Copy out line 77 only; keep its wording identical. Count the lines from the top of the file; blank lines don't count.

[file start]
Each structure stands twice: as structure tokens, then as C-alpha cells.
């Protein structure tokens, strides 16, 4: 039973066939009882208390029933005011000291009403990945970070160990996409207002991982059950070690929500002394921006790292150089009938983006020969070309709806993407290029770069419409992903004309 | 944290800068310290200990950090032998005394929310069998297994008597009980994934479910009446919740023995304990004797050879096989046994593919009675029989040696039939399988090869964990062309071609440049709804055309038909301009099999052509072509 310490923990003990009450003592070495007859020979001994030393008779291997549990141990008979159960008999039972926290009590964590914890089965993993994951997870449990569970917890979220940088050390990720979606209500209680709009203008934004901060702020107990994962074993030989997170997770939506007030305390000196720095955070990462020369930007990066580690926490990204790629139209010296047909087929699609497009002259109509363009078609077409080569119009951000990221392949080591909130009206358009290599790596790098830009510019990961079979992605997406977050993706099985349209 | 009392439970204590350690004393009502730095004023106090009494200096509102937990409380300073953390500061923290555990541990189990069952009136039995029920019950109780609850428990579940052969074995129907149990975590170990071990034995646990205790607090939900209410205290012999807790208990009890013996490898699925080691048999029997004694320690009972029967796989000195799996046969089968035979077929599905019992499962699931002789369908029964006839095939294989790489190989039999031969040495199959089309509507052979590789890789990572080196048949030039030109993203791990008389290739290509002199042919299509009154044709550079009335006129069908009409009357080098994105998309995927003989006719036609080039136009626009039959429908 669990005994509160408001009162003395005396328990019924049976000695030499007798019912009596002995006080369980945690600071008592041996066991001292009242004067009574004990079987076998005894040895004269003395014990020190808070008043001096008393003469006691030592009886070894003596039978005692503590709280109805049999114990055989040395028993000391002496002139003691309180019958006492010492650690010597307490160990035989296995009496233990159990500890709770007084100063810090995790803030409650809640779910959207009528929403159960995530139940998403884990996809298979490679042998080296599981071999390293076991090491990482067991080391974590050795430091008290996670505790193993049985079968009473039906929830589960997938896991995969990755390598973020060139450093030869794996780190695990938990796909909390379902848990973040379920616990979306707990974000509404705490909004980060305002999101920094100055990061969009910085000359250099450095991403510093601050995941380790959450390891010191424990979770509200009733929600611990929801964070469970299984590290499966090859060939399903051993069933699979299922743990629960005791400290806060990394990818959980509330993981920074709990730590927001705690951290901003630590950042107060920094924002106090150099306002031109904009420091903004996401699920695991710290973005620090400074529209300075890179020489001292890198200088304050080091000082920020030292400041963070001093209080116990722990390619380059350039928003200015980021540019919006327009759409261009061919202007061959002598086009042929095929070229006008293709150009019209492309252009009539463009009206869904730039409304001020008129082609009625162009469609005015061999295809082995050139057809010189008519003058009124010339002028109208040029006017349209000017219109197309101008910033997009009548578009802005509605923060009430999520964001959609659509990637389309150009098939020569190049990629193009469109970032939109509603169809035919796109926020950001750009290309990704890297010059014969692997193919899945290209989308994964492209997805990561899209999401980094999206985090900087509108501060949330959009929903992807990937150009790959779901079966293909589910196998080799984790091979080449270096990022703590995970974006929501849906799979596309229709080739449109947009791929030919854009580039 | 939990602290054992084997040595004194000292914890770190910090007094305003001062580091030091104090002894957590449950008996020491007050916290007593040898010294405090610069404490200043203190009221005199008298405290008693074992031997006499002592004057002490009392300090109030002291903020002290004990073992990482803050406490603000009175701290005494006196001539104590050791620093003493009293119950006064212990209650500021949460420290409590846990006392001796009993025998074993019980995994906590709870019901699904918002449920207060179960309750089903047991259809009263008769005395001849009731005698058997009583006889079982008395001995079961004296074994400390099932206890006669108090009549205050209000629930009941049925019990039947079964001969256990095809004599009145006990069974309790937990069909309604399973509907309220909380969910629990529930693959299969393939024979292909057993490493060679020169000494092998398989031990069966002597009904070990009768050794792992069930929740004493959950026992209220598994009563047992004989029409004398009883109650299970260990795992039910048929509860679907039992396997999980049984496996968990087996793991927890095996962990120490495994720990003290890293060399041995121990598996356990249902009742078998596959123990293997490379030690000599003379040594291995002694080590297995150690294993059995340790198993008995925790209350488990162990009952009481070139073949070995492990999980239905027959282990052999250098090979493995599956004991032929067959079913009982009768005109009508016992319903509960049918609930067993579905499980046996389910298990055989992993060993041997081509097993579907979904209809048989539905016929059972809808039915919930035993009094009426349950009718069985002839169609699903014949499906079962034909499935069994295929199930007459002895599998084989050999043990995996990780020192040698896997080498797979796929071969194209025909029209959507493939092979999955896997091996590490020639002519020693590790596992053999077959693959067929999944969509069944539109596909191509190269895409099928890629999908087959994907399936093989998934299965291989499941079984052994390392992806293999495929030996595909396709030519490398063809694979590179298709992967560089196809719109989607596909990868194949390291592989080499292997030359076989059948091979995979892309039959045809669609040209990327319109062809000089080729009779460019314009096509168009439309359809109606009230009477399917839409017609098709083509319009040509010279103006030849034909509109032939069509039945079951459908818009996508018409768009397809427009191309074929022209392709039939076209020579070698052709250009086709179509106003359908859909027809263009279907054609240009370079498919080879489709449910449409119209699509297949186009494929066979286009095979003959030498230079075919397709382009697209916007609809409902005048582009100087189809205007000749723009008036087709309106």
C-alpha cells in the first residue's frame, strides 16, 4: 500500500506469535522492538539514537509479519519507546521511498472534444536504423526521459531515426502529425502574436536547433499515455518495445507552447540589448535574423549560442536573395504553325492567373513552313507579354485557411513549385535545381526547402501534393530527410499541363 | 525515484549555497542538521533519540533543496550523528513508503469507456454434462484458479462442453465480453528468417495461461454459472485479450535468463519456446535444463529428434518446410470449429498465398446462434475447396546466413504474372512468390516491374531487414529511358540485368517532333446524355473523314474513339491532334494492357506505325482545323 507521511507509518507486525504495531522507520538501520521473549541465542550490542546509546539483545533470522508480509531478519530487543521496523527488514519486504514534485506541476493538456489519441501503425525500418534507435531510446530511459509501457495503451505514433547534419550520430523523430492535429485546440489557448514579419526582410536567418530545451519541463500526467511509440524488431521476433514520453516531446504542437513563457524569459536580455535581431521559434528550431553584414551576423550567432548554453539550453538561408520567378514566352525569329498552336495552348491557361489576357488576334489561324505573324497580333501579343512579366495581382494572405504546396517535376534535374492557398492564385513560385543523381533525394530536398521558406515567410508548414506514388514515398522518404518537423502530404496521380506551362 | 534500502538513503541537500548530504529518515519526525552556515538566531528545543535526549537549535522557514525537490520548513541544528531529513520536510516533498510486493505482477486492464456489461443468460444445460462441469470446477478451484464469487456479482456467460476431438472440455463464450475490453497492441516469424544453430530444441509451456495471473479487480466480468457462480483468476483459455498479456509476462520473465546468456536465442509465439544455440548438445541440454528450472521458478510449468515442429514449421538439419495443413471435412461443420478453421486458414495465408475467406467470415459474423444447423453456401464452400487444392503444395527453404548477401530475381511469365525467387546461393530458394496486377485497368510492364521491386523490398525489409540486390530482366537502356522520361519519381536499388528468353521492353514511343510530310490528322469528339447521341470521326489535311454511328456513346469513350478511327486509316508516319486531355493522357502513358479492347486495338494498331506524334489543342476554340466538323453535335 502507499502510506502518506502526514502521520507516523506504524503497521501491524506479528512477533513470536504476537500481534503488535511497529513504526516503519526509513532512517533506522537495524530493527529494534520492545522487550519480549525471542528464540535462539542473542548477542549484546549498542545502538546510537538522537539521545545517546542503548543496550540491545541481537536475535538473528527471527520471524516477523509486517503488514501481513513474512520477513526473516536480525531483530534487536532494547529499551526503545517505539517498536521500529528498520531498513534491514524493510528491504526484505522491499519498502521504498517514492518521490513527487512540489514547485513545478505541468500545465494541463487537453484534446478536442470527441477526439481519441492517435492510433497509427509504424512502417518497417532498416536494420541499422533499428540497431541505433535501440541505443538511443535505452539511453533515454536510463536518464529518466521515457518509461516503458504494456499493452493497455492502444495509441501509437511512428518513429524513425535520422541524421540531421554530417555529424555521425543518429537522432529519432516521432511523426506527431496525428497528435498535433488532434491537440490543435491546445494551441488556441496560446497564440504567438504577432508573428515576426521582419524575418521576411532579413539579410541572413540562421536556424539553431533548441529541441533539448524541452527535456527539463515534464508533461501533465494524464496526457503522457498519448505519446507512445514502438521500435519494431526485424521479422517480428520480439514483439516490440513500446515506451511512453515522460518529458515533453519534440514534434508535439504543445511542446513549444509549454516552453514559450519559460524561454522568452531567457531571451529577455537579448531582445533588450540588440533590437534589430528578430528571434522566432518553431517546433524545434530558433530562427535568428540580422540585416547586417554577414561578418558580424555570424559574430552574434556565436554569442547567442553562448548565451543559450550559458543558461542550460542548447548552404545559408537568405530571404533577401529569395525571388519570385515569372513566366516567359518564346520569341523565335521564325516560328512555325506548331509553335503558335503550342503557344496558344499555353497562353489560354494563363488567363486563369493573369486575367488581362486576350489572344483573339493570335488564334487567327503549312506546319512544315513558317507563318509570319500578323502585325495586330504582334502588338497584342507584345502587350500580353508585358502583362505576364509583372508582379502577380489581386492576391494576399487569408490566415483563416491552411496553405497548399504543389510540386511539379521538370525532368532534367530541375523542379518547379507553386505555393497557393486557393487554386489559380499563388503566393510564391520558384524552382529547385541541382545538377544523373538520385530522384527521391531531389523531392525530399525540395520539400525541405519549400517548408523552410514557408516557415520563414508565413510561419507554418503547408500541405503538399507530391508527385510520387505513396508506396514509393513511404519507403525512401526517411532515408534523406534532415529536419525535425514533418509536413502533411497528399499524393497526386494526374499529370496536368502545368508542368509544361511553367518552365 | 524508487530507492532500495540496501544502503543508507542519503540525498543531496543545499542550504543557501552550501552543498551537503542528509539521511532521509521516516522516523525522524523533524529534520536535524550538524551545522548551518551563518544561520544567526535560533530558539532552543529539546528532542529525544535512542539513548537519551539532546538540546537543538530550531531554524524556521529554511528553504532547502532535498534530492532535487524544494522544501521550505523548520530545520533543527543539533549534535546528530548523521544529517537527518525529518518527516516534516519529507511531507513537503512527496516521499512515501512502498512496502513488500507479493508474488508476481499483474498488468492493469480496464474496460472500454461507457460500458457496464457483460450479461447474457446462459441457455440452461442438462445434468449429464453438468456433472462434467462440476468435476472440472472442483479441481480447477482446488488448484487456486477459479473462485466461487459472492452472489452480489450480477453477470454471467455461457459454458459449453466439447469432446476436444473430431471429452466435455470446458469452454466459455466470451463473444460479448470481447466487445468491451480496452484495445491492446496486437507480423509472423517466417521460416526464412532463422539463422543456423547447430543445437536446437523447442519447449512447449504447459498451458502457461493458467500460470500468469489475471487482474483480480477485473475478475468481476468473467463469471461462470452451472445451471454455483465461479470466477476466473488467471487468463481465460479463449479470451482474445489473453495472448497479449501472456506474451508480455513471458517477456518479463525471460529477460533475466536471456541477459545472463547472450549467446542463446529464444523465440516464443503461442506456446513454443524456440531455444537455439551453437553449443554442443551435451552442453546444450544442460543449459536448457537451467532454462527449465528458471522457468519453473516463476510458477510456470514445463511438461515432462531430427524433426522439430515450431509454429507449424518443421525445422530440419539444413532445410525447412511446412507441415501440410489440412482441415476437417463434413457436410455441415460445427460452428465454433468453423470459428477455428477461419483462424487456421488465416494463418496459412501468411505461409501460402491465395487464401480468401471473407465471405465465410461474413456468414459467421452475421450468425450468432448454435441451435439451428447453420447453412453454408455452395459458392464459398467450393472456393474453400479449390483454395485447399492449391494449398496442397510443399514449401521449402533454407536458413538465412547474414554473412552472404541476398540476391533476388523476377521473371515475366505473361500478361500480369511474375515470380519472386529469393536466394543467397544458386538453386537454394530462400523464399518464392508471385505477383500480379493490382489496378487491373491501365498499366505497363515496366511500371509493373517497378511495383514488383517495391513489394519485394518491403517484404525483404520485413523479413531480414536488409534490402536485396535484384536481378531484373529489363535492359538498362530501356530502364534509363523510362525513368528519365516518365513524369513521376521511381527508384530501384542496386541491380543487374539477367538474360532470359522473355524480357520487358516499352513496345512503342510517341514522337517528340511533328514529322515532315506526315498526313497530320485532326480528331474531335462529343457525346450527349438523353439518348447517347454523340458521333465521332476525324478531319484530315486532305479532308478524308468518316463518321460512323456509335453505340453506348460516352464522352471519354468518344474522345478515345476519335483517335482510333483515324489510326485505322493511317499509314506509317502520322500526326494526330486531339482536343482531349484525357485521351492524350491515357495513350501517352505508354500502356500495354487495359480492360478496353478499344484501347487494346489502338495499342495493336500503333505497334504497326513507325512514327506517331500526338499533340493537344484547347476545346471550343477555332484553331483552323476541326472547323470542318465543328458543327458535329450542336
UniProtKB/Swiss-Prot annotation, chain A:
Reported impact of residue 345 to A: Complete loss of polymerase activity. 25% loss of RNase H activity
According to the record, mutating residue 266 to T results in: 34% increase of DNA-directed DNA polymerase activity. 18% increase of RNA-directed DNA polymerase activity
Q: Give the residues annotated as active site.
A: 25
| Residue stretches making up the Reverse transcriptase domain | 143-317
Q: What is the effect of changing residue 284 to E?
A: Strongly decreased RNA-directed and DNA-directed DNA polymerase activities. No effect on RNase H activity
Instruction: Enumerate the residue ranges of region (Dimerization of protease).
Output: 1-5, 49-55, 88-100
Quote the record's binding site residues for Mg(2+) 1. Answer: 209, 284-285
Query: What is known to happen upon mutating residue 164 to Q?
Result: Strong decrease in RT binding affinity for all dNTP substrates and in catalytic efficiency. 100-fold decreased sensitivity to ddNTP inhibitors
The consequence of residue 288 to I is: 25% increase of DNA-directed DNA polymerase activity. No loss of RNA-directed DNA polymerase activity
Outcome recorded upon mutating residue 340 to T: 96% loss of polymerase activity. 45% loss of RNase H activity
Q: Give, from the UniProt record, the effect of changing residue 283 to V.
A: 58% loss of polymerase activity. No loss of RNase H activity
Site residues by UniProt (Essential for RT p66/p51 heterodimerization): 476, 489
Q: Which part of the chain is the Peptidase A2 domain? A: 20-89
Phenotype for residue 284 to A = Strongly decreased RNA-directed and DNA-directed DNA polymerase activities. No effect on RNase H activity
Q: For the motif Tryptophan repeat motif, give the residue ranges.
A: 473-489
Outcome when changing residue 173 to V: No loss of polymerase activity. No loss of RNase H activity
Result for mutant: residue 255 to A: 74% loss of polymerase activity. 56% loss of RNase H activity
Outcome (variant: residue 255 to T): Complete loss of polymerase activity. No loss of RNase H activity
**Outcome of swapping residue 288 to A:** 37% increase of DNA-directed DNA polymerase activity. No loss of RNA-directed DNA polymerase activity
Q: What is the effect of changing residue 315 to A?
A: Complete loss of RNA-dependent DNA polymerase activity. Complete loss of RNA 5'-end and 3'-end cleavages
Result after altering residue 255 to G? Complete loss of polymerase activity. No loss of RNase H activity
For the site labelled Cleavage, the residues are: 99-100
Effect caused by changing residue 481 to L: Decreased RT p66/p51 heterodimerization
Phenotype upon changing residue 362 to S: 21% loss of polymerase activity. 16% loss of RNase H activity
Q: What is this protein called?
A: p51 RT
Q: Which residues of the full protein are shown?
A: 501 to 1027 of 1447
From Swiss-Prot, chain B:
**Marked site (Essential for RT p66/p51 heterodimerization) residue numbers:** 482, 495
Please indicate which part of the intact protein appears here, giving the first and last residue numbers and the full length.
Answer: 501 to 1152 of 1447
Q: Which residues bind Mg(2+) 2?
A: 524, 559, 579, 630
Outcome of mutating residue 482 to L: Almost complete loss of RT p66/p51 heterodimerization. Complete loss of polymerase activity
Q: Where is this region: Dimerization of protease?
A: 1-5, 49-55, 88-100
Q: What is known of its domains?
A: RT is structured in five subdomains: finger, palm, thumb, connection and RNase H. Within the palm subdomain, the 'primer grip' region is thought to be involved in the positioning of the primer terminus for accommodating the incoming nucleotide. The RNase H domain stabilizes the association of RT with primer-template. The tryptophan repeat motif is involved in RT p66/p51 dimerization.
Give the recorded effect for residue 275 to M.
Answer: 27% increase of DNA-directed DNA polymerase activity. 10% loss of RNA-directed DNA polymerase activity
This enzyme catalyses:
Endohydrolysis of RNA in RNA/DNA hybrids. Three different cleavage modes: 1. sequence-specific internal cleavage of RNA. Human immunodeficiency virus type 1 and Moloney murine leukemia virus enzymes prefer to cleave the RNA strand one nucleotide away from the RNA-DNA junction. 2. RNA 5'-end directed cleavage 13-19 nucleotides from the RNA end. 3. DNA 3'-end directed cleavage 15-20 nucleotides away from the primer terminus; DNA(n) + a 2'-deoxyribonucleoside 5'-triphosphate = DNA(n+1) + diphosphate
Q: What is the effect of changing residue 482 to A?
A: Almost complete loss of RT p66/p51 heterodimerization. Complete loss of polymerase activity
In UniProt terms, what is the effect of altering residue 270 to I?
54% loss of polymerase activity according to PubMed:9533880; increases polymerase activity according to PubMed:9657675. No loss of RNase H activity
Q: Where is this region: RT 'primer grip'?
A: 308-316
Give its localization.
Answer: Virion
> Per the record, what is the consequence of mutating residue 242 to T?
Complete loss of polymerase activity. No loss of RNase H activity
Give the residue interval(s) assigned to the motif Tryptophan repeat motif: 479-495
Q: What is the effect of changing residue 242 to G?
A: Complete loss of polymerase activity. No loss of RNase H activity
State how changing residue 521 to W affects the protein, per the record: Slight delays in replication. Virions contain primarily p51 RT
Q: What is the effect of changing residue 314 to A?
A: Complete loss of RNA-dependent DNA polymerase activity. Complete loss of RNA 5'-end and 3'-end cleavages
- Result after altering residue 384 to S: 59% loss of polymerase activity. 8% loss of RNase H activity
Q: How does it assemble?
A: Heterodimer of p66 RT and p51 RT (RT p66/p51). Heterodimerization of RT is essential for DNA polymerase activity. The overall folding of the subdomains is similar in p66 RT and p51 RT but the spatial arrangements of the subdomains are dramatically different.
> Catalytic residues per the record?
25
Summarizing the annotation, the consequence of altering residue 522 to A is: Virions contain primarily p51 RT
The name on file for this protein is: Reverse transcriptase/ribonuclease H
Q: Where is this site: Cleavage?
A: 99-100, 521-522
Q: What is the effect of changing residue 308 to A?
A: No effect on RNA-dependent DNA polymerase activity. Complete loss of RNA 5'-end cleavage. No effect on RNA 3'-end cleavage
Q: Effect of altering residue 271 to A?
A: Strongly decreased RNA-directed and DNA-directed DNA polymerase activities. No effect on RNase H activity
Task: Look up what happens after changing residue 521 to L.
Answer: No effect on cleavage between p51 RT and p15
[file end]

The name on file for this protein is: Reverse transcriptase/ribonuclease H